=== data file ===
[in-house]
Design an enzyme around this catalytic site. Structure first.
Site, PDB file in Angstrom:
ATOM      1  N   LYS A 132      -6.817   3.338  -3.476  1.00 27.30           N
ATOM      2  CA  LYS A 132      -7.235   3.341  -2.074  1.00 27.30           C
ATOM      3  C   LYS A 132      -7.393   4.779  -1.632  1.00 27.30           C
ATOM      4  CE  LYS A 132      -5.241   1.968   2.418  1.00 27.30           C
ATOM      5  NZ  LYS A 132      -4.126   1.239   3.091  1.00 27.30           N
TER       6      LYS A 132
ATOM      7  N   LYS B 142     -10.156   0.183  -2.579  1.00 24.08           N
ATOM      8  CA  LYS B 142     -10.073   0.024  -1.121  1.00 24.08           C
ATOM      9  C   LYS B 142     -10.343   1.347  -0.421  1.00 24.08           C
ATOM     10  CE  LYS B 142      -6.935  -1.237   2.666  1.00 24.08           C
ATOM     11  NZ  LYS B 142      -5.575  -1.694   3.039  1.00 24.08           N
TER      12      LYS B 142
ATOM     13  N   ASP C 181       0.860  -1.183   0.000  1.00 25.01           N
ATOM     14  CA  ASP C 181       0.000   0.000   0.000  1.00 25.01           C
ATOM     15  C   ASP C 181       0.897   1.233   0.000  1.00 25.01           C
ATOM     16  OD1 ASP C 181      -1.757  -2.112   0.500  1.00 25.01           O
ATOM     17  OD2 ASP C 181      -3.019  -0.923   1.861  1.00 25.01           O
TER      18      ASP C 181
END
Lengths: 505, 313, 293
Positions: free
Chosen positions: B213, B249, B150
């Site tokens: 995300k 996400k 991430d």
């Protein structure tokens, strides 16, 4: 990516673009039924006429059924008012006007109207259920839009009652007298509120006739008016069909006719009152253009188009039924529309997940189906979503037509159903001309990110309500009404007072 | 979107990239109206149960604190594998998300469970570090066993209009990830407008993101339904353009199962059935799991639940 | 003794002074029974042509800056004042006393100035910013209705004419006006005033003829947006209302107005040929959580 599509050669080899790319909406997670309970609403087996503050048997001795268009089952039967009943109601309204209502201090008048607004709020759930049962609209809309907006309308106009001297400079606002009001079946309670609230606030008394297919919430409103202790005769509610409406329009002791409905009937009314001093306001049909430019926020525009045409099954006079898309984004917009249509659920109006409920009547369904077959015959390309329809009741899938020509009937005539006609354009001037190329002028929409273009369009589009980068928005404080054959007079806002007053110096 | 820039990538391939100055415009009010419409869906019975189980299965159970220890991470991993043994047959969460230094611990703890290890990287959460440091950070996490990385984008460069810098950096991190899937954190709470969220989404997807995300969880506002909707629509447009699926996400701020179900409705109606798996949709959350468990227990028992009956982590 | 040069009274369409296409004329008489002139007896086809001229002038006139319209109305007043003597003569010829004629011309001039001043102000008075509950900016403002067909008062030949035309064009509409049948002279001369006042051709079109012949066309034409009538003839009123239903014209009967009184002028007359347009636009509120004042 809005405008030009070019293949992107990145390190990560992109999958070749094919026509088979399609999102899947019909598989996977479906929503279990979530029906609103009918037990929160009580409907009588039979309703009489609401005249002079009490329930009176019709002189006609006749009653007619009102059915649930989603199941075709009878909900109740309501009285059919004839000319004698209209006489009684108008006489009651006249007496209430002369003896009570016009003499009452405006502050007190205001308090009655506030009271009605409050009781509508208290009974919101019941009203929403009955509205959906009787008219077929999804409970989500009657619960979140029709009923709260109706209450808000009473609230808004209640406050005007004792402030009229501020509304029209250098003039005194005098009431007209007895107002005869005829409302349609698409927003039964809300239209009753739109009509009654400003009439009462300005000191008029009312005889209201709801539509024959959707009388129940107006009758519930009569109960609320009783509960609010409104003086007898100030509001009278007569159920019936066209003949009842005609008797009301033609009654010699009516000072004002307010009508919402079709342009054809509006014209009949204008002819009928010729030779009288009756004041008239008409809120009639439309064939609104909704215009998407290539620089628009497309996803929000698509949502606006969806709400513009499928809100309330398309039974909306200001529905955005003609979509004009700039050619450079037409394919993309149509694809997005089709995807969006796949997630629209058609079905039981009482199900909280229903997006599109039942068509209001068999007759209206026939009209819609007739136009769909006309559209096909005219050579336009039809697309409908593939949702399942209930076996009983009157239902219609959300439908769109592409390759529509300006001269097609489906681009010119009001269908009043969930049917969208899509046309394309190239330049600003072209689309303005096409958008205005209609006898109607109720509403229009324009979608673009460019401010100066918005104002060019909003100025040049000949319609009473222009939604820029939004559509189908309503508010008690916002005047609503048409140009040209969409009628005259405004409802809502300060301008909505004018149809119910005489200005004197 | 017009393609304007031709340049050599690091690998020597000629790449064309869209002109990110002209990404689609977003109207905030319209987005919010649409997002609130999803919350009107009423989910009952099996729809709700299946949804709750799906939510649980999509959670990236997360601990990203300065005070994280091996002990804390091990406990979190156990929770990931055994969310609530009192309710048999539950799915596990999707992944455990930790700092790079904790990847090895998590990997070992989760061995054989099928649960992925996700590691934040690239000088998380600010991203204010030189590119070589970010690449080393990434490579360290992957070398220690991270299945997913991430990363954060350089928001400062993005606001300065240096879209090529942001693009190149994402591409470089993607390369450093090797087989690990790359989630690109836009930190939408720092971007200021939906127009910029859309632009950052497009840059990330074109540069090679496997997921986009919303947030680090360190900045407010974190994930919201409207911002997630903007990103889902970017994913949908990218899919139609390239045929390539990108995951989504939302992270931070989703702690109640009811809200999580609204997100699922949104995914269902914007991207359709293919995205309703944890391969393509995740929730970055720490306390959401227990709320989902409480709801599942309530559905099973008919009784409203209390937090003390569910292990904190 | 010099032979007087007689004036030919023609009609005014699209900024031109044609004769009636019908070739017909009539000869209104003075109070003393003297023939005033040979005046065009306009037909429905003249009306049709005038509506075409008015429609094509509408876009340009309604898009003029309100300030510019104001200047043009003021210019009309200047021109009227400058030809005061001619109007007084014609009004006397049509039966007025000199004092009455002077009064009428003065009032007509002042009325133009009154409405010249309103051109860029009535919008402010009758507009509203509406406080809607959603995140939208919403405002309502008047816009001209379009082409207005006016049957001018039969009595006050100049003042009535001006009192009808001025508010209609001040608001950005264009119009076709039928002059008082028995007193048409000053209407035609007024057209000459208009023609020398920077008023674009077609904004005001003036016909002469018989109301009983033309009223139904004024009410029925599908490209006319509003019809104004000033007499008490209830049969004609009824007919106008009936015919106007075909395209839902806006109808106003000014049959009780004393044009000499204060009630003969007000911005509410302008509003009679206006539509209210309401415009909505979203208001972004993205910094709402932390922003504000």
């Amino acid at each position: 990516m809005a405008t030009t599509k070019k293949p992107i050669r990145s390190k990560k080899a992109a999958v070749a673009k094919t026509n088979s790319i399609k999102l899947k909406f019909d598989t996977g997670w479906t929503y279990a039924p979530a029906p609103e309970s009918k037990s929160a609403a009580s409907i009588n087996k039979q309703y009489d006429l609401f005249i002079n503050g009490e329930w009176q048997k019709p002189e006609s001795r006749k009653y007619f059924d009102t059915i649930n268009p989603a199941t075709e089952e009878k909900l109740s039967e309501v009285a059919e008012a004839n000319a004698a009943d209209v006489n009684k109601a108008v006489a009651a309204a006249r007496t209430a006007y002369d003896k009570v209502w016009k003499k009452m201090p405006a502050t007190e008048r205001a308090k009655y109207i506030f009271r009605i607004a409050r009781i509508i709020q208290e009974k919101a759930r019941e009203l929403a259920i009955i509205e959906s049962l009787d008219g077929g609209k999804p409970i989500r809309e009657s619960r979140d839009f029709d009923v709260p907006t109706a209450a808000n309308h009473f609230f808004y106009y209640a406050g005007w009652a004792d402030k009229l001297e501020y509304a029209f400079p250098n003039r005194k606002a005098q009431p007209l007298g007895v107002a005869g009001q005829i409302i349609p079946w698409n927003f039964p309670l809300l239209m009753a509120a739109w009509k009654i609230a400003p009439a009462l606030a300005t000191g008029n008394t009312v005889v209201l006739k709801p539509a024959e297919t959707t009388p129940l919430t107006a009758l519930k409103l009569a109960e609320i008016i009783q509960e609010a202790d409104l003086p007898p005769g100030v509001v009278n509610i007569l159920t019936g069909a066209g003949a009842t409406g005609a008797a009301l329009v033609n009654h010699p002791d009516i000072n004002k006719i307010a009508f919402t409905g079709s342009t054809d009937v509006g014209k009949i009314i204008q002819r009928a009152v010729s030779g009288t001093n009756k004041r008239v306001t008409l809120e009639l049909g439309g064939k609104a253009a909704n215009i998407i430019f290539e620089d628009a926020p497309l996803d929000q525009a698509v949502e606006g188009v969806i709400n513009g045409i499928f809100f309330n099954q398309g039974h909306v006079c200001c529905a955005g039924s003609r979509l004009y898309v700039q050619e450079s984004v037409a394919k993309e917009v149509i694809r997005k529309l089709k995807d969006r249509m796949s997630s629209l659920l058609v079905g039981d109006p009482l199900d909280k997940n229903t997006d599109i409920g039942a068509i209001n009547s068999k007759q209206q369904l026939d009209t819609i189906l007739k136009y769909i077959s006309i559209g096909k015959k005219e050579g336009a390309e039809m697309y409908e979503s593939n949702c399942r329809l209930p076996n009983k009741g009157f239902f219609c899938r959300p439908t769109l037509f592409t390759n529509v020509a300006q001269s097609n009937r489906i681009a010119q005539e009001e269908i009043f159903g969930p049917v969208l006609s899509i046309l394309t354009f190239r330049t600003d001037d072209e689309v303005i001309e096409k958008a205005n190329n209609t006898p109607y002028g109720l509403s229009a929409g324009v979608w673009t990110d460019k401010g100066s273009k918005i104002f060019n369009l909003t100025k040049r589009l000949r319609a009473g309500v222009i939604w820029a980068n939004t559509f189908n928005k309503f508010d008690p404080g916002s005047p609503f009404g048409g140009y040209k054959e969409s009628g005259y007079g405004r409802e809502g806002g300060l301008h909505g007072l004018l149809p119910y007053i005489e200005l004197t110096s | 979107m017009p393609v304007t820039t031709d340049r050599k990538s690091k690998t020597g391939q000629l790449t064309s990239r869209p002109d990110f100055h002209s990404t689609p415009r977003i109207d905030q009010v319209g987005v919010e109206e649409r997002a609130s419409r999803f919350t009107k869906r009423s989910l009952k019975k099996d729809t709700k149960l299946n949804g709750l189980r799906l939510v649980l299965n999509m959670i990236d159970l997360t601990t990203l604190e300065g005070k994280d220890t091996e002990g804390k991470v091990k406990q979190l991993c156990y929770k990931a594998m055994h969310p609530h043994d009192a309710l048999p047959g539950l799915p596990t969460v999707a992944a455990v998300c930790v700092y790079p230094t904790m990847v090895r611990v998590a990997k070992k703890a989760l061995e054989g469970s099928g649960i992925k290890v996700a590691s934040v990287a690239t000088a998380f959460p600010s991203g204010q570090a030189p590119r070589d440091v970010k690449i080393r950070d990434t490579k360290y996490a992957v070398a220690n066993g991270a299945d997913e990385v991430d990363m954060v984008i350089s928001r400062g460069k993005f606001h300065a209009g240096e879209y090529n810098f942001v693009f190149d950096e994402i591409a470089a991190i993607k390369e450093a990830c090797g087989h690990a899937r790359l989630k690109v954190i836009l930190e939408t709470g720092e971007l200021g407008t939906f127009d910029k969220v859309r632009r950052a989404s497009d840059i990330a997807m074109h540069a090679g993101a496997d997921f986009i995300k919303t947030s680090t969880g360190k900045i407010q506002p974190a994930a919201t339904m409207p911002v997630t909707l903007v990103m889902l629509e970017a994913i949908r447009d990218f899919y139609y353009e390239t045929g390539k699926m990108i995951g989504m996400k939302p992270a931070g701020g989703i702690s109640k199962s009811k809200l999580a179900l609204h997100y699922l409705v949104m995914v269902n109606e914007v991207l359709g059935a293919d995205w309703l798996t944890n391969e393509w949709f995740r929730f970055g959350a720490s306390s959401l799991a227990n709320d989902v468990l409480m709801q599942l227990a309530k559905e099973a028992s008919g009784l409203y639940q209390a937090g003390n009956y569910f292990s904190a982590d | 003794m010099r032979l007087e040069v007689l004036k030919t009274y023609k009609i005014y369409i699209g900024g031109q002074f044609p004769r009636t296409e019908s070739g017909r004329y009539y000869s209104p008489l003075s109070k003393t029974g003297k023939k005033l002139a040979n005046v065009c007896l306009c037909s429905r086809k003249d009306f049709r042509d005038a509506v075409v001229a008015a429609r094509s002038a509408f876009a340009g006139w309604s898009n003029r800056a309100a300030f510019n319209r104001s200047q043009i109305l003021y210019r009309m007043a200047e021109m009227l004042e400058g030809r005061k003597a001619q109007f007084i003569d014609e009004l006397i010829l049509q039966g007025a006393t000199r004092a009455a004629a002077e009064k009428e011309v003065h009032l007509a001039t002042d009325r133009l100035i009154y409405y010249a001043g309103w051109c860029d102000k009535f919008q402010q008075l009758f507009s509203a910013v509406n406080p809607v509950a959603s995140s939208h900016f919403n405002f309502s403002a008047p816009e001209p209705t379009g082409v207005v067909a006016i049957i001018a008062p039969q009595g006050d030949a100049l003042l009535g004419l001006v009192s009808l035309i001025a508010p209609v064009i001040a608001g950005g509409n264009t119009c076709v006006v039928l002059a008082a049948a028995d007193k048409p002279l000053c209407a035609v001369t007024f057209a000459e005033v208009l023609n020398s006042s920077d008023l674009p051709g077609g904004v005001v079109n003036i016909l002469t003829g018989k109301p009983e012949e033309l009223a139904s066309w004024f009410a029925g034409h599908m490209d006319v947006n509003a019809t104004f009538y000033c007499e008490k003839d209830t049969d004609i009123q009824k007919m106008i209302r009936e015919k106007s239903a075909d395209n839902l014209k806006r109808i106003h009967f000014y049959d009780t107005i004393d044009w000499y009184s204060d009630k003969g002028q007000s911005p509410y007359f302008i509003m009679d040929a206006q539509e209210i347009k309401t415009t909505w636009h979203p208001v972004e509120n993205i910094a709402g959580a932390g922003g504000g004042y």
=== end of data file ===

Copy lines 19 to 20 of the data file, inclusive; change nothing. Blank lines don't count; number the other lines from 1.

ATOM     16  OD1 ASP C 181      -1.757  -2.112   0.500  1.00 25.01           O
ATOM     17  OD2 ASP C 181      -3.019  -0.923   1.861  1.00 25.01           O